About the book
Remember when reading poetry was fun? Back before things
got all Complicated and Serious and Self-Importantly-Capitalized? There
was a time when you—yes, you!—liked poetry almost
much as you liked board games or recess or root beer floats.
What the heck happened? Well, if you’re anything like us, school happened. Poetry got tangled up in book reports and Advanced Placement Exams, and we got all sidelined into worrying about the difference between metaphor and simile. In all the confusion, poetry stopped being funny. (Sure, there was that time everyone in class laughed at you for pronouncing “synecdoche” the wrong way, but that’s not the same thing at all.)
Boys at Play is for those of you who kept the faith. It’s a book of poetry. Fun poetry. This book is like recess for English majors. Limericks, sonnets, riddles, wordplay, literary comics, even a couple of show tunes. For a finale, Emperor Nero makes a guest appearance and sets the place on fire. How’s that for exciting?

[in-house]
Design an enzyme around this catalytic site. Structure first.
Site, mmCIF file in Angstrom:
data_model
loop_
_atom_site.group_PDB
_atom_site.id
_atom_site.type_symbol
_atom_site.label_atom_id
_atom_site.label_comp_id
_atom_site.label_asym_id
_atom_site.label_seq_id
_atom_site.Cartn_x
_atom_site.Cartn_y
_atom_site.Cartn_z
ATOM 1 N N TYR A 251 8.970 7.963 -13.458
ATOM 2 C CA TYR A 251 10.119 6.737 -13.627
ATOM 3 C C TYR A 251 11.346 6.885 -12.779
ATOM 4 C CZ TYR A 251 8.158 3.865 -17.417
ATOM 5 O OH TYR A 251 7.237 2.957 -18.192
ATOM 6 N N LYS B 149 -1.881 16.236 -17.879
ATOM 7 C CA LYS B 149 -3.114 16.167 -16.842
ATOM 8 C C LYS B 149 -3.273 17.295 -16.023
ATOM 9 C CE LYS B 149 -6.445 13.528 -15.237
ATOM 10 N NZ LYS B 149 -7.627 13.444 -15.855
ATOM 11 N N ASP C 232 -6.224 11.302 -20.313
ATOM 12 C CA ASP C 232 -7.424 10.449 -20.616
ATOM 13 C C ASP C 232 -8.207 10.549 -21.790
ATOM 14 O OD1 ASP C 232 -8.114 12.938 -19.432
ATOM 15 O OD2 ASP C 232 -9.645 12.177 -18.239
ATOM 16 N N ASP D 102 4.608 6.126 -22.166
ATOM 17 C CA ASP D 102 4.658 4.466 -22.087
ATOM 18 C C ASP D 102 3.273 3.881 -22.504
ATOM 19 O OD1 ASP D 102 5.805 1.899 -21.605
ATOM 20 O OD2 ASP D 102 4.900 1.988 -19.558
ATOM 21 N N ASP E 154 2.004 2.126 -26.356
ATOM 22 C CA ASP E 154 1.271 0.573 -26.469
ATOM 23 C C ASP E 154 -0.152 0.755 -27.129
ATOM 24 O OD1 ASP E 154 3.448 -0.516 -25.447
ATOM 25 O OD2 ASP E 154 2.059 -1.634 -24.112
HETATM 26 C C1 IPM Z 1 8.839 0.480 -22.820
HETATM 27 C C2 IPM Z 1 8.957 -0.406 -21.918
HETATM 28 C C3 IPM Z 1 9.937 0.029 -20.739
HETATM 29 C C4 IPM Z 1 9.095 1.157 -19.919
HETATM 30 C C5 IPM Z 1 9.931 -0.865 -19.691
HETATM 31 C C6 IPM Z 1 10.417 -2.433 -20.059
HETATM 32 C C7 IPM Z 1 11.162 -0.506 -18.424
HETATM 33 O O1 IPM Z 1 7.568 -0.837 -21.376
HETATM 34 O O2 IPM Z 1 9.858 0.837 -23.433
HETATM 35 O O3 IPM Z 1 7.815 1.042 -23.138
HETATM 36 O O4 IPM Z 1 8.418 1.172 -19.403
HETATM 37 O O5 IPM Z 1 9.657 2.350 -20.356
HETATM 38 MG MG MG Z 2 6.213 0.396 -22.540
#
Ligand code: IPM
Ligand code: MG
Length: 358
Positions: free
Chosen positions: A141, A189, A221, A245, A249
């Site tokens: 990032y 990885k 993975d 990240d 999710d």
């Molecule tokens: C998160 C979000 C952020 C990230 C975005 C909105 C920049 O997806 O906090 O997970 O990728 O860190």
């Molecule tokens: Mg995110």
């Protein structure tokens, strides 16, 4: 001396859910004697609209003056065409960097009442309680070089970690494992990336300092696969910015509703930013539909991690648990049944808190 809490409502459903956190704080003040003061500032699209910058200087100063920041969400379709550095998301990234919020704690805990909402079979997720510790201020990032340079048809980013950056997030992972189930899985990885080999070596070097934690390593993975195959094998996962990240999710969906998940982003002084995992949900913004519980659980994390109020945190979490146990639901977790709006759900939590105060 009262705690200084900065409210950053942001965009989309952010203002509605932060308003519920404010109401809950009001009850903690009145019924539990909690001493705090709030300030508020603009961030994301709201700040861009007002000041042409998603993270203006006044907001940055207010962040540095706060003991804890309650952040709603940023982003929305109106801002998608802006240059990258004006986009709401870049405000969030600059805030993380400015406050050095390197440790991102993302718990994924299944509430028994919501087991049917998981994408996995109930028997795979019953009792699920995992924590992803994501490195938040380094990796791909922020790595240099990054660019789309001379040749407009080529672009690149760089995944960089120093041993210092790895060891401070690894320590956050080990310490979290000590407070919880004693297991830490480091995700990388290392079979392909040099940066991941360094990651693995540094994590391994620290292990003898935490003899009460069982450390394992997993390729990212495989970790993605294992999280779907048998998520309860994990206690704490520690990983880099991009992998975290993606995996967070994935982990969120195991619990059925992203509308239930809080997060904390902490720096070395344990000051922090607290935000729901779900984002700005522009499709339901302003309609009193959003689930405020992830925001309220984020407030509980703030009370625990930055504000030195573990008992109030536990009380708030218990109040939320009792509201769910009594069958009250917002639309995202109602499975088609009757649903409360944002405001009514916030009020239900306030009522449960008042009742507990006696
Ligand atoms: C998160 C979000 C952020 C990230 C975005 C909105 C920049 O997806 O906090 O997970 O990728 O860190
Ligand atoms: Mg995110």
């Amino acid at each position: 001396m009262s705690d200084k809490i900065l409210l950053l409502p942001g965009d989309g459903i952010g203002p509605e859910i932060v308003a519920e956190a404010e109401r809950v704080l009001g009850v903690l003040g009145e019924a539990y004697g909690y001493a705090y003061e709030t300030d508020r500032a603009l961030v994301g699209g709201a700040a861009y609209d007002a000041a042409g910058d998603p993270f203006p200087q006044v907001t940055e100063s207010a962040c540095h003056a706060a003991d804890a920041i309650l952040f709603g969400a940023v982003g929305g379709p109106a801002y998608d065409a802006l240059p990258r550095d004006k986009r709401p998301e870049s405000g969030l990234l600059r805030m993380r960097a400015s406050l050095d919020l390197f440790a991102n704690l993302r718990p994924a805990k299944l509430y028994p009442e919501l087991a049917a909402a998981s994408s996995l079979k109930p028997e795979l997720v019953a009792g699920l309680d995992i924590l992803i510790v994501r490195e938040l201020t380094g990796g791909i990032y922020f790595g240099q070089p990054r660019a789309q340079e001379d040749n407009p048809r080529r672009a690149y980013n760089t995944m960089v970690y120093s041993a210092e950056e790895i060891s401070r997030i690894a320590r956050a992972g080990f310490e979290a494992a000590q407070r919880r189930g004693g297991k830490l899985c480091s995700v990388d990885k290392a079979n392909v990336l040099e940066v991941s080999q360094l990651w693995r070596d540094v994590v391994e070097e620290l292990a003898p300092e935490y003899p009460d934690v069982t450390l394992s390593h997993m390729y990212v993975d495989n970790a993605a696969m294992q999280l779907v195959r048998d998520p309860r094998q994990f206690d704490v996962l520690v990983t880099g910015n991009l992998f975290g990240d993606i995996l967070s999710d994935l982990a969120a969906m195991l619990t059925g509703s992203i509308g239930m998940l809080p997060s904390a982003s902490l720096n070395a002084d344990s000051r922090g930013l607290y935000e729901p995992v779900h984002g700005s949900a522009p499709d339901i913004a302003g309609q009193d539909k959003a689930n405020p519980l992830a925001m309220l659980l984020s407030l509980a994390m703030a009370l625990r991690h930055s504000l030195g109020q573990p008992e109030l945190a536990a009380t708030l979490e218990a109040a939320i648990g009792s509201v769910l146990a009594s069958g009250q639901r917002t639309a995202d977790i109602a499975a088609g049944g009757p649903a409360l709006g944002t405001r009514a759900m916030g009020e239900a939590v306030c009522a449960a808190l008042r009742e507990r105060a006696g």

While Boys at Play celebrates the playful, impish tone of the poetry books you enjoyed as a child, this isn’t a book of children's poetry. Nor is it amateur hour. There’s a decidedly adult sensibility at play in these pages. This is a root-beer float, yes, but the mug is Waterford crystal. This is unadulterated joy held together by refined craftsmanship. We’re pretty good at this stuff. You’ll be in good hands.
Written in the tradition of Ogden Nash, Dorothy Parker, Hilaire Belloc, W.S. Gilbert, and Edward Lear, Boys at Play proves that light verse remains a perfectly respectable career path for words and phrases who shudder at the thought of working in an investment prospectus.